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Introduction

According to Hiraga (2009), cognitive mapping basically refers to the formation of a conceptual matrix for understanding. He notes that it represents people’s mental image of the environment. Some scholars have proposed that cognitive maps are the map-like mental constructs that can be mentally inspected. Cognitive maps are learned by acquiring such world’s elements as landmarks and routes, which are then analyzed together with the information obtained from metric survey. Cognitive maps differ from the true environmental maps and are majorly meant to provide a way of conceptualizing the relationship that exists between the characteristics of any task and its performance. Hiraga (2009) notes that cognitive maps seek to describe various mental acts in an attempt to ease the utilization of different parameters in the performance analysis and interpretation.

Definition and Description of the Theories of Cognitive Mapping

Hiraga (2009) identifies three major theories of cognitive mapping. His first theory is the Structure Mapping Engine theory. It occupies one extreme of the functional continuum. It is also mostly considered as an exhaustively optimal and maximal approach. Hiraga (2009) noted that the approach is preferable because it is able to produce all the possible interpretations in any given analogical mapping. In this approach, there is no addition of correspondences, as this would jeopardize its consistency and coherence. The approach is also preferred because it gives scores for each alternative interpretation and clearly indicates the best mapping in relation to a specifically preferred systematic metric (Hiraga, 2009).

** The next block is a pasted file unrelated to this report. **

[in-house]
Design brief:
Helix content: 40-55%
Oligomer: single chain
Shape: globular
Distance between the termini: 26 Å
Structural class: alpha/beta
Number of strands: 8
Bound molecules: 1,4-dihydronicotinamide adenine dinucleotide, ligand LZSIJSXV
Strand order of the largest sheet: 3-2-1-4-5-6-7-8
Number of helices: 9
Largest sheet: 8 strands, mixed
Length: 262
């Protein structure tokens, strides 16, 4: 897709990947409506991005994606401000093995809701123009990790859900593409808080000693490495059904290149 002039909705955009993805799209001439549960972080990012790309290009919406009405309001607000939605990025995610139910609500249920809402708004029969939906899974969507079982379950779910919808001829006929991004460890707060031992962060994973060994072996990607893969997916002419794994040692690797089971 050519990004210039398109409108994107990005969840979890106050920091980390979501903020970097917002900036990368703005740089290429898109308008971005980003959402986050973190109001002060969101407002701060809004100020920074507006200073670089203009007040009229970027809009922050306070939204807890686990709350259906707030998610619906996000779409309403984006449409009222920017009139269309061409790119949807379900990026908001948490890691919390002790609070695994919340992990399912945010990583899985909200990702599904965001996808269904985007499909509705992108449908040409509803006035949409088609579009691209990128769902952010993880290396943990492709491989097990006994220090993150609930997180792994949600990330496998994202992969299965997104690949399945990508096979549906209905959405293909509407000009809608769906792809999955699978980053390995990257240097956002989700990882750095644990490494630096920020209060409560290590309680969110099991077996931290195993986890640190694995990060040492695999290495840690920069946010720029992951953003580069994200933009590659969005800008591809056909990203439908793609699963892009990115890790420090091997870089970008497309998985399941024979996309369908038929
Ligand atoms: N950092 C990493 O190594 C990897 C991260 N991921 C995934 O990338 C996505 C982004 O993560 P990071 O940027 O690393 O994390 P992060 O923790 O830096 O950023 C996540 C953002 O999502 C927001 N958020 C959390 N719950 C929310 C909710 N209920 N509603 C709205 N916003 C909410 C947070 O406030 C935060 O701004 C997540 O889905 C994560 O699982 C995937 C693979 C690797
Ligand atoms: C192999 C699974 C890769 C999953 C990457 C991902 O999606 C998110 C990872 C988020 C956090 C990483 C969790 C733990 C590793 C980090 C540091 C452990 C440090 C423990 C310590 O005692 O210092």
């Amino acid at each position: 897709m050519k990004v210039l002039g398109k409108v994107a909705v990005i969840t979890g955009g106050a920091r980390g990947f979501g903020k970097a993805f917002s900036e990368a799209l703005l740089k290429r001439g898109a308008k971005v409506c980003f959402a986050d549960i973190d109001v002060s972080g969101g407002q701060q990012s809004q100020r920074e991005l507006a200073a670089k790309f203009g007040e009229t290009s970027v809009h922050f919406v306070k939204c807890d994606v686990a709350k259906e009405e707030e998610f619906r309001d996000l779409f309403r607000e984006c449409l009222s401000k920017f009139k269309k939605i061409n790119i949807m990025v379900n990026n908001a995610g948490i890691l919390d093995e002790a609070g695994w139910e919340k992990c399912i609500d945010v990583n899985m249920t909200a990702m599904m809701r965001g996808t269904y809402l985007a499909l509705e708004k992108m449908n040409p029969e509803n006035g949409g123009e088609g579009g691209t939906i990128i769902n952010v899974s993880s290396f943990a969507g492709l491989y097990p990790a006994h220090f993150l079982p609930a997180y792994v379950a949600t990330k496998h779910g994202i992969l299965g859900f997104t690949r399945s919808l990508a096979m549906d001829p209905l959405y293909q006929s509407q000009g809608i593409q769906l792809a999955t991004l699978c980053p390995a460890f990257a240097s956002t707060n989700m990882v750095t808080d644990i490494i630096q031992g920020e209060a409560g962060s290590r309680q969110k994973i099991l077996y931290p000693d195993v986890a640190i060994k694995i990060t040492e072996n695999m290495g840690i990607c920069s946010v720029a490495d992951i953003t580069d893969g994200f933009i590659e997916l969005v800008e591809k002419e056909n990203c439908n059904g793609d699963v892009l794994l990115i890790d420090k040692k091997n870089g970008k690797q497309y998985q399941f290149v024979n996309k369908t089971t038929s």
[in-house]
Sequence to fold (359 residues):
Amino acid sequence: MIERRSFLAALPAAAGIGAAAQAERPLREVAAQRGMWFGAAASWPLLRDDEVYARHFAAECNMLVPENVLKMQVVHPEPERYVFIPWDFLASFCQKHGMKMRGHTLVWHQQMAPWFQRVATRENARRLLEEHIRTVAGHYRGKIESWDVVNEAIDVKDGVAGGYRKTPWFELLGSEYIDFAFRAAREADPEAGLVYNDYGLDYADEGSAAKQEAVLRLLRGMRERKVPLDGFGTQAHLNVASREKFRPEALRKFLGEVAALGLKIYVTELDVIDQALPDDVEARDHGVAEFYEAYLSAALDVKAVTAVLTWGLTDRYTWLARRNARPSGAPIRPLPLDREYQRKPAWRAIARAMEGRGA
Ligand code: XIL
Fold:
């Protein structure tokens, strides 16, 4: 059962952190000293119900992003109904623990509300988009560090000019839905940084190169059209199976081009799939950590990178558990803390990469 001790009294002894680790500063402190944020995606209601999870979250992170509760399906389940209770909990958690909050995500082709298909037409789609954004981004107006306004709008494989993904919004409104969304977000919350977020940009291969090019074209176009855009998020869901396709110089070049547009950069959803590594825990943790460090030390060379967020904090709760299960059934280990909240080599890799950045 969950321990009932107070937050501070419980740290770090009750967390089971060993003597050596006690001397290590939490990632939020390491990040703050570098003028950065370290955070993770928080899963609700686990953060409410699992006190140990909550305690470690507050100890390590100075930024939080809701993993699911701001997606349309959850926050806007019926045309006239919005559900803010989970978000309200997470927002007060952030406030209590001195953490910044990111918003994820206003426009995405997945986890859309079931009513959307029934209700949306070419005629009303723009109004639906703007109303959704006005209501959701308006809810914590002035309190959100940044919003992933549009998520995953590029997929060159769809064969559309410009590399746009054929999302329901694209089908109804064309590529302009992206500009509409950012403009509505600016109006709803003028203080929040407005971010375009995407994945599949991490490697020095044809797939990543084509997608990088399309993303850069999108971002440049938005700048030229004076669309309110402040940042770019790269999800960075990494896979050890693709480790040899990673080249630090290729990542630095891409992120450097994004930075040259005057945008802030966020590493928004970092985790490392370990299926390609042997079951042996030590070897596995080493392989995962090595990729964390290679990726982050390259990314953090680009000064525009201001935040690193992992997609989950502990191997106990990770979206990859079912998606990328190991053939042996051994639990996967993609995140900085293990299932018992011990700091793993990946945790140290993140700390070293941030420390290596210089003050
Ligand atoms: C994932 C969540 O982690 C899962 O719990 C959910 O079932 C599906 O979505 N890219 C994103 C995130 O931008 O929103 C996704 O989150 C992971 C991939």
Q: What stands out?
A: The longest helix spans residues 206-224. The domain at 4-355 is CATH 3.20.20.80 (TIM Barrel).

The second theory of cognitive mapping is the Analogical Constraint Mapping Engine which also emphasizes the need to map systematically. However, it does not provide the optimal and maximal strategy pursued by the Structure Mapping Engine theory. Hiraga (2009) noted that it instead entails constructing a constraint network for each known analogical problem. This enables the approach to be useful in the modeling of various pressures of similarity, context, and isomorphism. It thus has a bearing on the final interpretation. However, the resulting explanation from this approach is neither guaranteed to be optimal nor maximal nor even wholly systematic. Unlike the Structure Mapping Engine theory, this theory does not guarantee anything and therefore represents a heurist rather than a complete approach to the problem (Hiraga, 2009).

The third theory is a natural or evolutionary model of computation. It involves the pressurization by the environmental forces, making the system to converge towards a good, rather than optimal, solution to a problem (Hiraga, 2009).

Discuss how Cognitive Mapping Affects the Understanding of Memory

Traversky (2010) noted that cognitive maps are by nature prone to various biases that affect memory by distorting the reality. He argued that such biases result from factors like the differences in cultures and genders. He first assumed that heuristics may lead people to overestimate the possibility of occurrence of various events. He reasoned that such events are more available to memory. According to Traversky (2010), cognitive mapping can thus result into either an overestimation or underestimation.